Capn Design

August 2006

This month I posted 24 entries, listened to 795 songs, watched 2 videos, bookmarked 6 sites, took 9 photos and favorited 12 things.

Todd Dominey's Beautiful New Office

Can I come over?

The Nike Dunk Low SBTG Makes Me Swoon

Posted August 31, 2006

If you were to ever spend an unusual amount of money on a gift for me, this is it. These sneakers are going for about $360 + international shipping, but I've considered getting them several times. I may have a sickness, but these sneakers are beautiful. If you want to buy them for me or (gasp!) for yourself, you can find them at the kix-files shop.


The full name of the shoe is the Nike Dunk Low Premium SB SBTG, with SBTG standing for Sabotage (a.k.a Mark Ong) of Royale Fam. Here's an interview with Mark from the latest Sneaker Freaker.

Trailer for 49 Up

The 7th installment in the Up Series, which is a documentary series that revisits those remaining from the fourteen people profiled in the original film every seven years. The movie is out on October 3rd.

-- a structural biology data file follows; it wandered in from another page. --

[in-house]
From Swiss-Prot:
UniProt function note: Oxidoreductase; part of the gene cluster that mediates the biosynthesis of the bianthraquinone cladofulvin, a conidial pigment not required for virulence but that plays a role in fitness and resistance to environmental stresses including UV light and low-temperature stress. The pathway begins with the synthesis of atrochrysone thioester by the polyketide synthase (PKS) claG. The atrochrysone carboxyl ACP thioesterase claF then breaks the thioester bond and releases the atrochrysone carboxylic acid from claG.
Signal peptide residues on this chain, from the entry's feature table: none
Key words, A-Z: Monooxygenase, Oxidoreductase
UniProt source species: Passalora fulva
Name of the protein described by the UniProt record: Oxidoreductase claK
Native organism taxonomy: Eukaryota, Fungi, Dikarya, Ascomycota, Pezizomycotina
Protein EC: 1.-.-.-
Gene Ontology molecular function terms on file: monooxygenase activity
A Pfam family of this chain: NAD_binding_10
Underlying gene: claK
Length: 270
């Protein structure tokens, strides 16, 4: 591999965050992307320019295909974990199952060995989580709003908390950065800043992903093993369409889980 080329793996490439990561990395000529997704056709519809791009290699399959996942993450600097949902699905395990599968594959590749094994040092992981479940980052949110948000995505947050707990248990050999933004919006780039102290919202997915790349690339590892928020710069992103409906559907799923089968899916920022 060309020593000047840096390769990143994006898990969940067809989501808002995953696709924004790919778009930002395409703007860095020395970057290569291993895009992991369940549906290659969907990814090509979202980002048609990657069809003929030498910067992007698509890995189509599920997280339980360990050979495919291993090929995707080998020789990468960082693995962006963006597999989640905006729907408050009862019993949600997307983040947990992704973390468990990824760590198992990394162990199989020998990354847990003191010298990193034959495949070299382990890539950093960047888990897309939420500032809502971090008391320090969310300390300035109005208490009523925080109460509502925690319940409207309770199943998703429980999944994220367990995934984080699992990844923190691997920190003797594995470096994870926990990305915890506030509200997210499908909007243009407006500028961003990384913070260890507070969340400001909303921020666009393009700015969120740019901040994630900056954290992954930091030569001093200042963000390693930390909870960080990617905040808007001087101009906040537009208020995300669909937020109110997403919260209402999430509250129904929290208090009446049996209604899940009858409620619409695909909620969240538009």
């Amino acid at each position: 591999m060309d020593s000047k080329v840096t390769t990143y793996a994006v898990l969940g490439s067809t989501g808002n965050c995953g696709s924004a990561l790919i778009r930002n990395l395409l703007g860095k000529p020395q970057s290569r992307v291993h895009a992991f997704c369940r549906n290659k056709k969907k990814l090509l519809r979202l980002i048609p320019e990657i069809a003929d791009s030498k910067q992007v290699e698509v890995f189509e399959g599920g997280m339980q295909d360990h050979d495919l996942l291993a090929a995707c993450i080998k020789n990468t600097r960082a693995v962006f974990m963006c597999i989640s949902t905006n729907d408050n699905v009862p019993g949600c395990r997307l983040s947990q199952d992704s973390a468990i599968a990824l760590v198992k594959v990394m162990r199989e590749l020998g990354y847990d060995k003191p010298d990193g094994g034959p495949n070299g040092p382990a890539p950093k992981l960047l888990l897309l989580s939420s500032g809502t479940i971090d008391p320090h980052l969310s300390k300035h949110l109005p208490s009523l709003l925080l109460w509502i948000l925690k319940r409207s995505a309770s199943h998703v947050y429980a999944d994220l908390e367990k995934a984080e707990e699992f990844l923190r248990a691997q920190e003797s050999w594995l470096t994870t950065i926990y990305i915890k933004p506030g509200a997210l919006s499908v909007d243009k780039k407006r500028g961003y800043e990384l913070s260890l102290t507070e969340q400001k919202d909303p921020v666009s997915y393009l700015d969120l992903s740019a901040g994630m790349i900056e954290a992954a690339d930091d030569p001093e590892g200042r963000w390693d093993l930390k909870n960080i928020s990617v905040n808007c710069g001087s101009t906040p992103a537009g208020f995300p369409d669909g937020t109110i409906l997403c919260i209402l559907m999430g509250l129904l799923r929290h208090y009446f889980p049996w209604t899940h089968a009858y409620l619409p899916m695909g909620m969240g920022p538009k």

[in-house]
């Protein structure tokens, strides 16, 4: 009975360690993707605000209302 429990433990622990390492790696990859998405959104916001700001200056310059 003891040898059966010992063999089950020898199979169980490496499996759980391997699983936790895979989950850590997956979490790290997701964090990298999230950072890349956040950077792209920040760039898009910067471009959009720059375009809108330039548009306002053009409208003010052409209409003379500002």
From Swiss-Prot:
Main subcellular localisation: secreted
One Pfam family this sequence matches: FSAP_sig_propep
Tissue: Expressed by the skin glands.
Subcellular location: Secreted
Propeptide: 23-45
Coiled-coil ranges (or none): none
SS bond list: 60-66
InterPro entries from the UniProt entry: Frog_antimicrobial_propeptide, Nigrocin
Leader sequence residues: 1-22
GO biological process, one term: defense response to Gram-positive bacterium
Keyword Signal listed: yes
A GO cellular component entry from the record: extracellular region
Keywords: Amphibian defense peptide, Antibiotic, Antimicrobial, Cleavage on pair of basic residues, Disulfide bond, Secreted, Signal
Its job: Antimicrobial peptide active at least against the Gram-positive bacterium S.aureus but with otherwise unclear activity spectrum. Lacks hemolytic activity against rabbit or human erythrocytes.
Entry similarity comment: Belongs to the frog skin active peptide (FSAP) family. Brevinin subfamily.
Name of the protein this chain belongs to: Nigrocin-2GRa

Movie Stars Driving Profit and the Long Tail

Posted August 30, 2006

Yesterday, Kottke posted a story from the New York Times called, "A Big Star May Not a Profitable Movie Make". While there is no definitive answer, it seems that there are only a handful of superstars that can create significant financial success for a film; the rest don't make much of a difference.

In one study, Mr. De Vany and W. David Walls, an economist at the University of Calgary, took those factors into account. Looking across a sample of more than 2,000 movies exhibited between 1985 and 1996, they found that only seven actors and actresses — Tom Hanks, Michelle Pfeiffer, Sandra Bullock, Jodie Foster, Jim Carrey, Barbra Streisand and Robin Williams — had a positive impact on the box office, mostly in the first few weeks of a film's release.

In the same study, two directors, Steven Spielberg and Oliver Stone also pushed up a movie's revenue. But Winona Ryder, Sharon Stone and Val Kilmer were associated with a smaller box-office revenue. No other star had any statistically significant impact at all. So what are stars for? By helping a movie open — attracting lots of people in to see a movie in the first few days before the buzz about whether it's good or bad is widely known — stars can set a floor for revenues, said Mr. De Vany.

That sounds about right to me. In fact, it reminds me a lot of the the Long Tail. There are a few really big stars that drive a ton of money to the box office, which may account for 70% of the star power out there (let's say). Then there's a group of maybe 100 actors who account for the next 10% and the tens of thousands of other actors out there account for the final 20%. Below is my incredibly crappy attempt at a Long Tail graph (the first two sections should both be much smaller).